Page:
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Currently my .htaccess looks like this...

Options +FollowSymLinks
RewriteEngine On
RewriteBase /

RewriteCond %{REQUEST_FILENAME} !-f
RewriteCond %{REQUEST_FILENAME} !-d

RewriteRule ^(.*)$ $1.php [L,QSA]  

It currently changes any /xxx.php file into /xxx. This is great for SEO. However, I also want Mr. htaccess to convert certain URLs into a URL + query string. For instance when user goes to


Then somerandominfo is passed to the specific.php file. I normally have no problem doing this using rewrites, but because of my fancy catchall rewrite, I can't figure out how to do it.

For example if I add

RewriteRule ^specific/([^/]+)$ /specific.php?somerandominfo=$1 [NC]  

to my .htaccess, then hitting up /specific/somerandominfo just serves me a big fat 500 Internal Service Error.

Any help from you apache gurus out there would be so, so cool.


p.s. anybody want to also throw in any other cool SEO tricks that they like? I'll bake you cookies.

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2 Answers 2

up vote 1 down vote accepted

You are getting 500 error because your rules are creating an infinite cycle. Check apache error log to see if it is true. So you should design your rules properly. Maybe like that:

RewriteRule ^([^/]*)$ $1.php [L]
RewriteRule ^(.*)/(.*)$ $1.php?var=$2 [L]
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The rules he posted could not create an infinity cycle. Though it's possible this is case (he didn't post the real rule he used). – Artefacto Aug 8 '10 at 10:05
Actually they are. I've tested them on my xampp. – ehpc Aug 8 '10 at 10:44
Hey there, the rule I posted is pretty much a CC of the actual rule I'm using. I just changed the .php filename from "workouts" to specific and the $_GET variable from "id" to "somerandominfo" :) Also, ehpc, does this create a case in which ANY file I go to will be treated as a var? For instance, if I have a folder called test and in that folder is first.php, will this set of Rewrites try to treat /test/first an attempt to send var=first to test.php? Sorry if that was a convoluted question. :) Thank you for your help! – Dylan Aug 8 '10 at 16:47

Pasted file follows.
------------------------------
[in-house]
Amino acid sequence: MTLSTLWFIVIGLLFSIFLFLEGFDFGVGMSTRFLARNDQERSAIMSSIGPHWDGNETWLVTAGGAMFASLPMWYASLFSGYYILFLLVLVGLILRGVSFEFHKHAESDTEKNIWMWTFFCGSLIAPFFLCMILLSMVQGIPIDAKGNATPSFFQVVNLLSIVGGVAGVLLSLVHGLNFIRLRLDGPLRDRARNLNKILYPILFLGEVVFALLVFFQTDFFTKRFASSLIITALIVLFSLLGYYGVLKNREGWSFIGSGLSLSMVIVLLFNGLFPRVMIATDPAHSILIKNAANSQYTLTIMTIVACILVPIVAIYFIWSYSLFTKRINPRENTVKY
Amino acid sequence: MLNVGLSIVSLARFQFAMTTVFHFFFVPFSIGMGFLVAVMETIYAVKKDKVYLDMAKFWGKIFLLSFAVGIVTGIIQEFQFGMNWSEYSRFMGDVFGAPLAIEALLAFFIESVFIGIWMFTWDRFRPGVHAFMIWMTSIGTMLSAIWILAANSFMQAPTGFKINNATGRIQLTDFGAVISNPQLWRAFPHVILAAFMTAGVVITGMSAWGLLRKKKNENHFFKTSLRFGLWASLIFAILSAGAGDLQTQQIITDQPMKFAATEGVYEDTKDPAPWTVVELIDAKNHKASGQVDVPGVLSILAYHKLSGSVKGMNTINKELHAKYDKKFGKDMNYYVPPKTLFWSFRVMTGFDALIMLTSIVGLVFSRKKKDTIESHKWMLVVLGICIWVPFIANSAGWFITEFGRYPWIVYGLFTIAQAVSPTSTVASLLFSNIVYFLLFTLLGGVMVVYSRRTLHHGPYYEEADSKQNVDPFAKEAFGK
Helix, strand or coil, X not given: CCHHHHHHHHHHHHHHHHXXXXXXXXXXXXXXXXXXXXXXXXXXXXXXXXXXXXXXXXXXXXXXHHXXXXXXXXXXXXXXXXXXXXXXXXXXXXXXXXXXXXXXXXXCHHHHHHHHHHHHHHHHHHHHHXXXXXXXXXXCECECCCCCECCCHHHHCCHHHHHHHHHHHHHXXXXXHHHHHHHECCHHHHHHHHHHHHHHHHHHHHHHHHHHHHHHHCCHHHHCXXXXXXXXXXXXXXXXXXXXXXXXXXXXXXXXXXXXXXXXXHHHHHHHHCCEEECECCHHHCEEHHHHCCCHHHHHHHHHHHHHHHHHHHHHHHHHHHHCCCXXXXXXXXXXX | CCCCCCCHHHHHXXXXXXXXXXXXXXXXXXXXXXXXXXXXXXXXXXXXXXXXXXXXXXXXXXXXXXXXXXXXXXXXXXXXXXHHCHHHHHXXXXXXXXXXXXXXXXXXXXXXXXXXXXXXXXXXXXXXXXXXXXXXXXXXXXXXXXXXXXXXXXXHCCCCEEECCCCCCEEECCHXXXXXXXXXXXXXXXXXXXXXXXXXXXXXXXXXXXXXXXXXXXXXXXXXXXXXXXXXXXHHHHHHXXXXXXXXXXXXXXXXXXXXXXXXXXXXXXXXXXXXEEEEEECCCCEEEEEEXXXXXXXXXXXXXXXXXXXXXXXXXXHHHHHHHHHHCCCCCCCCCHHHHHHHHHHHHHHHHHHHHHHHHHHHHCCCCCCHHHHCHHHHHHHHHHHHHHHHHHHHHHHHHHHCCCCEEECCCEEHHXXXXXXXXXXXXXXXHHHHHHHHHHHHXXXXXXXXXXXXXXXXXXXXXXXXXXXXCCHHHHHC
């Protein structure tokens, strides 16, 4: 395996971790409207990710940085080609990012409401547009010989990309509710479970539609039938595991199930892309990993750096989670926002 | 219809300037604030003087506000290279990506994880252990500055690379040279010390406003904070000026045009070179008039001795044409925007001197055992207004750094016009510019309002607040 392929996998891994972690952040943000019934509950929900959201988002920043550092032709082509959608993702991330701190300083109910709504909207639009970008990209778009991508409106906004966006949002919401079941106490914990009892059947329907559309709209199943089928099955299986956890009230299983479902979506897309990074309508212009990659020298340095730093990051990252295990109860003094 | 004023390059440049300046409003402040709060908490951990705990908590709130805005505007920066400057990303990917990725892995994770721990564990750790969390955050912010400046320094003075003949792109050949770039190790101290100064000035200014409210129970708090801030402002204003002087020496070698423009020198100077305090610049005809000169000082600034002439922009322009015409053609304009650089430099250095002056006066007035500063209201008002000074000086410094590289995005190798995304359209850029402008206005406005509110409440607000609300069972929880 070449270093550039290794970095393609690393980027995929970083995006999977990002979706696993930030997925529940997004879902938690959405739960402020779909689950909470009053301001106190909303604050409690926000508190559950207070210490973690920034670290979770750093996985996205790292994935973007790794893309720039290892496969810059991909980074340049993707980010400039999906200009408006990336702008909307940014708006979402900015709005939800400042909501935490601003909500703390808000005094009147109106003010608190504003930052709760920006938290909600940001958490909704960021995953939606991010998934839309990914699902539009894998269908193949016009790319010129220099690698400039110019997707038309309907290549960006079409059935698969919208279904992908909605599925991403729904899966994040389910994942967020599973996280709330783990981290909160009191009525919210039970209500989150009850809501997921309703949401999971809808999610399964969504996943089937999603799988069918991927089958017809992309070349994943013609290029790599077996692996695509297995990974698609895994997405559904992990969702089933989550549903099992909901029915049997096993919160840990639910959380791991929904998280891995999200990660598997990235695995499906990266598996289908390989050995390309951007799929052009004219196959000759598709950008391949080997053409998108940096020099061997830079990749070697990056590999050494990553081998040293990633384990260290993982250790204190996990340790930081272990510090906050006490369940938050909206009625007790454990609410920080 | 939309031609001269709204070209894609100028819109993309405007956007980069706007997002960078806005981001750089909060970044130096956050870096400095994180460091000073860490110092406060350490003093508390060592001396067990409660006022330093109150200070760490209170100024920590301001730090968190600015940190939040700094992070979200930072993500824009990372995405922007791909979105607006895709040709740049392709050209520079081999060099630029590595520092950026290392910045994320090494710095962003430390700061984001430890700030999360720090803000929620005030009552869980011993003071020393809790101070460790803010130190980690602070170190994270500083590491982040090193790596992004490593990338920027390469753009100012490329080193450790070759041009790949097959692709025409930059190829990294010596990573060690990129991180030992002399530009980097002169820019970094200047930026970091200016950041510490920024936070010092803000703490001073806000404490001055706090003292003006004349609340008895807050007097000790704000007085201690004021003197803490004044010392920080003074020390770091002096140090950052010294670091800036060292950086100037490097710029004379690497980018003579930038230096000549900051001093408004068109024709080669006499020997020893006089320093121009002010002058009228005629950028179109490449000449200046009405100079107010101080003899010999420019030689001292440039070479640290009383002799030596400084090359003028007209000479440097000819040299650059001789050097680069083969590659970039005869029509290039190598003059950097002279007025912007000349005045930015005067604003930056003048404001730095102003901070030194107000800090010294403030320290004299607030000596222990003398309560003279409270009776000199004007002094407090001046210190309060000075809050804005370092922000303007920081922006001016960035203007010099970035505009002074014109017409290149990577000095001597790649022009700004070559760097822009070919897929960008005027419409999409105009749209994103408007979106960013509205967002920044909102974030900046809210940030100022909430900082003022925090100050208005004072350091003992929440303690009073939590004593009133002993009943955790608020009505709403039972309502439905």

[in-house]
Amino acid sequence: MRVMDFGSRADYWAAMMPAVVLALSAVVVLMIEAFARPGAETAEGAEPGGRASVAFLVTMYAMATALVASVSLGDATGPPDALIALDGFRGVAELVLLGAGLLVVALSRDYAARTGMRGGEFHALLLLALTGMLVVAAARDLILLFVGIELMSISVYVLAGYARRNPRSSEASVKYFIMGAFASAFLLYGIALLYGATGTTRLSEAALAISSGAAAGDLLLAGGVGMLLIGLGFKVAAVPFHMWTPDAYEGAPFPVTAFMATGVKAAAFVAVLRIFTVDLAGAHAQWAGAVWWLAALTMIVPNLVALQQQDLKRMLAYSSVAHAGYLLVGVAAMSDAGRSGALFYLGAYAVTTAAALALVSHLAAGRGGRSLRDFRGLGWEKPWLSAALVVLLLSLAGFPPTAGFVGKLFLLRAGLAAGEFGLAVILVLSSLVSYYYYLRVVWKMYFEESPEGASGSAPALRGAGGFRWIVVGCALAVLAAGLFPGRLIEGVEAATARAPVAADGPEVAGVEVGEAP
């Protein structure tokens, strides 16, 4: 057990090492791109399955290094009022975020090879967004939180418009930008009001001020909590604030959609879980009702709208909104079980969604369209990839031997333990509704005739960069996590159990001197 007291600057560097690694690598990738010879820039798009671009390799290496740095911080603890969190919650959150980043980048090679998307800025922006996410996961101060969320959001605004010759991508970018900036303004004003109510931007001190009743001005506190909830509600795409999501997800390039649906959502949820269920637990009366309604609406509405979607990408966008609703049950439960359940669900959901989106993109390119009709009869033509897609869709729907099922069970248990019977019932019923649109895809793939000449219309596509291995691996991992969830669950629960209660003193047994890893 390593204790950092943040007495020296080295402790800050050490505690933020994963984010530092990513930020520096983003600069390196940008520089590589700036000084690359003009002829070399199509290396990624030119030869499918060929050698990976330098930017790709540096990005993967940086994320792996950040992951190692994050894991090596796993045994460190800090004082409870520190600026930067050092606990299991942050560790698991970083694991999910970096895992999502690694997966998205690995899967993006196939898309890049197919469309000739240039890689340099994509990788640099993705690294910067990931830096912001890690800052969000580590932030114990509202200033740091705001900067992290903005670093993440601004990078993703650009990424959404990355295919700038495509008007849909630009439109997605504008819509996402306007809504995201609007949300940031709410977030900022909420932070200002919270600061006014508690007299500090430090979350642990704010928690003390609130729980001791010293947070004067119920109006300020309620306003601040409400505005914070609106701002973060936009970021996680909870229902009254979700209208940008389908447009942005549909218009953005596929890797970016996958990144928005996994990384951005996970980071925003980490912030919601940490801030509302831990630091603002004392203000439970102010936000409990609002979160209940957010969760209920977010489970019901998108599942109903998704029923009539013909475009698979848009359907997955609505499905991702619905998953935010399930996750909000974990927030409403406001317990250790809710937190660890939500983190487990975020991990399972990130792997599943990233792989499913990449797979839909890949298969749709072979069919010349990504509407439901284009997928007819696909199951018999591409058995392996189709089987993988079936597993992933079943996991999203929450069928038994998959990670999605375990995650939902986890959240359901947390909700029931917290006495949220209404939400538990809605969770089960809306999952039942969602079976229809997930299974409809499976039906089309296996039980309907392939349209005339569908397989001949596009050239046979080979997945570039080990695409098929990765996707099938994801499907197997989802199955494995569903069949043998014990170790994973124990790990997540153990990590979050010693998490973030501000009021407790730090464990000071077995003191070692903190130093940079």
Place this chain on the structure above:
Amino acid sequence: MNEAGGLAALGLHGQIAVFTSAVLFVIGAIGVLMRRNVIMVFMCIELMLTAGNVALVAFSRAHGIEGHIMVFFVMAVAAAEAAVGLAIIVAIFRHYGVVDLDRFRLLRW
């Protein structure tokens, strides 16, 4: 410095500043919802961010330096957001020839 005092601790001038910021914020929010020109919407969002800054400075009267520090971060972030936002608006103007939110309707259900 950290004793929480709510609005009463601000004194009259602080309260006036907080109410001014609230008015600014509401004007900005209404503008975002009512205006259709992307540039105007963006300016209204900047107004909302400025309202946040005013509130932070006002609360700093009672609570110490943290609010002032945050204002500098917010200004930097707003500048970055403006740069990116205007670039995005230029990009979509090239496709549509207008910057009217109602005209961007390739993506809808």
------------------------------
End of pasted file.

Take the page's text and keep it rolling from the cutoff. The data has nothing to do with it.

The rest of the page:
Dylan, no. If you have a dir or file corresponding to address, the server will get the actual file ommiting htaccess rules. (But in your case if there is a dir 'test' and there is no file 'first' in that dir, the server will give 500 error) This is possible because you specified such behaviour by RewriteCond %{REQUEST_FILENAME} !-f and RewriteCond %{REQUEST_FILENAME} !-d . So if you do not want to dir or file to be served, just remove these lines from your htaccess. – ehpc Aug 9 '10 at 4:04
ehpc, you're awesome! Thanks – Dylan Aug 9 '10 at 4:33
RewriteRule ^specific/([^/]+)$ /specific.php?somerandominfo=$1 [NC]

This is mostly correct. I'd just add the B flag, like this:

RewriteRule ^specific/([^/]+)$ /specific.php?somerandominfo=$1 [NC,B]

This causes the capture group $1 to be properly escaped for use in query strings. Note that you can still use QSA to retain the query parameters used in the original request (in addition to somerandominfo).

Perhaps you'll want to post your actual RewriteRule.

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Hi Arte, the actual rule I was using looks like... RewriteRule ^workouts/([^/]+)$ /workouts.php?id=$1 [NC] When I attempt to access /workouts/8, for instance, I do receive a 500. Thank you so much for your help! – Dylan Aug 8 '10 at 16:50

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